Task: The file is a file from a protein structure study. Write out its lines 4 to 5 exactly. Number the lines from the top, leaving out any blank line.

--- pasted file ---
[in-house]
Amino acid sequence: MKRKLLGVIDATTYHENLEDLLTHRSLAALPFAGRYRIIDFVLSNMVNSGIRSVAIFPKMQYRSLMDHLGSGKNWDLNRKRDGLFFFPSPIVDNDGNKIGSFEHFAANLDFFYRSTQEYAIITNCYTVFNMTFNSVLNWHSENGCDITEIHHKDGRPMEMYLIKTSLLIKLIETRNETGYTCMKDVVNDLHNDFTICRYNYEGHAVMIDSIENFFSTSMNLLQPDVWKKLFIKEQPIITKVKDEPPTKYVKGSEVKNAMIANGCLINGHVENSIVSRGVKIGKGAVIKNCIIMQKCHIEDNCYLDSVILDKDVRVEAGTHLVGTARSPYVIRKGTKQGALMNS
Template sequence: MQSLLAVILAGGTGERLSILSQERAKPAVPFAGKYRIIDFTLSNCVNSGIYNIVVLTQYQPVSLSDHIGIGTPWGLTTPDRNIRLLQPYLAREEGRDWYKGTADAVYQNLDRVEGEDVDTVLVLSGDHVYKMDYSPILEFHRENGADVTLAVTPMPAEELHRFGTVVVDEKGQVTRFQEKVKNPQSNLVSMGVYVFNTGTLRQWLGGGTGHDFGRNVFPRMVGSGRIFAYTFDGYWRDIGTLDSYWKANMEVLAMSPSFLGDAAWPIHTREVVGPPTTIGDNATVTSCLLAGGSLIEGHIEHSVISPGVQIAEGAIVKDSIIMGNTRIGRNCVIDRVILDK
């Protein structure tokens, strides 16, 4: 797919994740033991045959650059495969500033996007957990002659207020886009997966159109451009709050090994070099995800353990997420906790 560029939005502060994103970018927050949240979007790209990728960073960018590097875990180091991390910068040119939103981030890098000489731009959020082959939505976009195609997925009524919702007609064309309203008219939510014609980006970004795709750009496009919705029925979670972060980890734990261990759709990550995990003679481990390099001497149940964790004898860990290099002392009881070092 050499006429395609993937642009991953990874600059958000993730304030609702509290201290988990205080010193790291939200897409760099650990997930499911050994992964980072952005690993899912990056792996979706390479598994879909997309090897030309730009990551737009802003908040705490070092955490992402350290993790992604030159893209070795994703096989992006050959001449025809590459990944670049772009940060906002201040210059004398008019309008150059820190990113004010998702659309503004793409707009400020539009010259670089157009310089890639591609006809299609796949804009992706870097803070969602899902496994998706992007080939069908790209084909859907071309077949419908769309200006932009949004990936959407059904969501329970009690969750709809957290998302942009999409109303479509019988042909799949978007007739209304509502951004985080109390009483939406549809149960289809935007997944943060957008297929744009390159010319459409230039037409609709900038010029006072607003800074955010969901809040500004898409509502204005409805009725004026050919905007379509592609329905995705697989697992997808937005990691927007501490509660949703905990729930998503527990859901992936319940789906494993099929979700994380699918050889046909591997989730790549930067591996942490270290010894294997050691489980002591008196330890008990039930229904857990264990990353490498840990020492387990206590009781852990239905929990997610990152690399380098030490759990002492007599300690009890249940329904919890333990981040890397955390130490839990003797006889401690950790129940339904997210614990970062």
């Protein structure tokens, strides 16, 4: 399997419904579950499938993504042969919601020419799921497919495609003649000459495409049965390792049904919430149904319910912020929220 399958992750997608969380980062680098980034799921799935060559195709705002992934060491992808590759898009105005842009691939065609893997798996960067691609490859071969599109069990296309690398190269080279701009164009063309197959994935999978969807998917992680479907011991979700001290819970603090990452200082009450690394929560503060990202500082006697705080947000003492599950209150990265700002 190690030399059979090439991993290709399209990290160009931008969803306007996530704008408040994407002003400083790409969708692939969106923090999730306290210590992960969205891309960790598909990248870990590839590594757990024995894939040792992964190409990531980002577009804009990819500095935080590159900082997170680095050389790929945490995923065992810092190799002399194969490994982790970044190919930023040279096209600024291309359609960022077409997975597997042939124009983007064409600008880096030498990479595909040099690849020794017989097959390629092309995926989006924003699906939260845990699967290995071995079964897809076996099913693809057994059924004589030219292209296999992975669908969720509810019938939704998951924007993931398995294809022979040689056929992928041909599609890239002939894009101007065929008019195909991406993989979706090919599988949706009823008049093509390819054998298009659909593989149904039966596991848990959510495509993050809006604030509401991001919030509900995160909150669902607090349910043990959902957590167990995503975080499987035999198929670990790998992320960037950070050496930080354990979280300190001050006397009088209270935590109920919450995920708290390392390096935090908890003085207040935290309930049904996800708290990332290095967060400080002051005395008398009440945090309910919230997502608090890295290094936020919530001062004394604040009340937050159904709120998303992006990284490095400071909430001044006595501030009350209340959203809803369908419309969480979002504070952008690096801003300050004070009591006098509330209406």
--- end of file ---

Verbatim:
């Protein structure tokens, strides 16, 4: 797919994740033991045959650059495969500033996007957990002659207020886009997966159109451009709050090994070099995800353990997420906790 560029939005502060994103970018927050949240979007790209990728960073960018590097875990180091991390910068040119939103981030890098000489731009959020082959939505976009195609997925009524919702007609064309309203008219939510014609980006970004795709750009496009919705029925979670972060980890734990261990759709990550995990003679481990390099001497149940964790004898860990290099002392009881070092 050499006429395609993937642009991953990874600059958000993730304030609702509290201290988990205080010193790291939200897409760099650990997930499911050994992964980072952005690993899912990056792996979706390479598994879909997309090897030309730009990551737009802003908040705490070092955490992402350290993790992604030159893209070795994703096989992006050959001449025809590459990944670049772009940060906002201040210059004398008019309008150059820190990113004010998702659309503004793409707009400020539009010259670089157009310089890639591609006809299609796949804009992706870097803070969602899902496994998706992007080939069908790209084909859907071309077949419908769309200006932009949004990936959407059904969501329970009690969750709809957290998302942009999409109303479509019988042909799949978007007739209304509502951004985080109390009483939406549809149960289809935007997944943060957008297929744009390159010319459409230039037409609709900038010029006072607003800074955010969901809040500004898409509502204005409805009725004026050919905007379509592609329905995705697989697992997808937005990691927007501490509660949703905990729930998503527990859901992936319940789906494993099929979700994380699918050889046909591997989730790549930067591996942490270290010894294997050691489980002591008196330890008990039930229904857990264990990353490498840990020492387990206590009781852990239905929990997610990152690399380098030490759990002492007599300690009890249940329904919890333990981040890397955390130490839990003797006889401690950790129940339904997210614990970062």
């Protein structure tokens, strides 16, 4: 399997419904579950499938993504042969919601020419799921497919495609003649000459495409049965390792049904919430149904319910912020929220 399958992750997608969380980062680098980034799921799935060559195709705002992934060491992808590759898009105005842009691939065609893997798996960067691609490859071969599109069990296309690398190269080279701009164009063309197959994935999978969807998917992680479907011991979700001290819970603090990452200082009450690394929560503060990202500082006697705080947000003492599950209150990265700002 190690030399059979090439991993290709399209990290160009931008969803306007996530704008408040994407002003400083790409969708692939969106923090999730306290210590992960969205891309960790598909990248870990590839590594757990024995894939040792992964190409990531980002577009804009990819500095935080590159900082997170680095050389790929945490995923065992810092190799002399194969490994982790970044190919930023040279096209600024291309359609960022077409997975597997042939124009983007064409600008880096030498990479595909040099690849020794017989097959390629092309995926989006924003699906939260845990699967290995071995079964897809076996099913693809057994059924004589030219292209296999992975669908969720509810019938939704998951924007993931398995294809022979040689056929992928041909599609890239002939894009101007065929008019195909991406993989979706090919599988949706009823008049093509390819054998298009659909593989149904039966596991848990959510495509993050809006604030509401991001919030509900995160909150669902607090349910043990959902957590167990995503975080499987035999198929670990790998992320960037950070050496930080354990979280300190001050006397009088209270935590109920919450995920708290390392390096935090908890003085207040935290309930049904996800708290990332290095967060400080002051005395008398009440945090309910919230997502608090890295290094936020919530001062004394604040009340937050159904709120998303992006990284490095400071909430001044006595501030009350209340959203809803369908419309969480979002504070952008690096801003300050004070009591006098509330209406």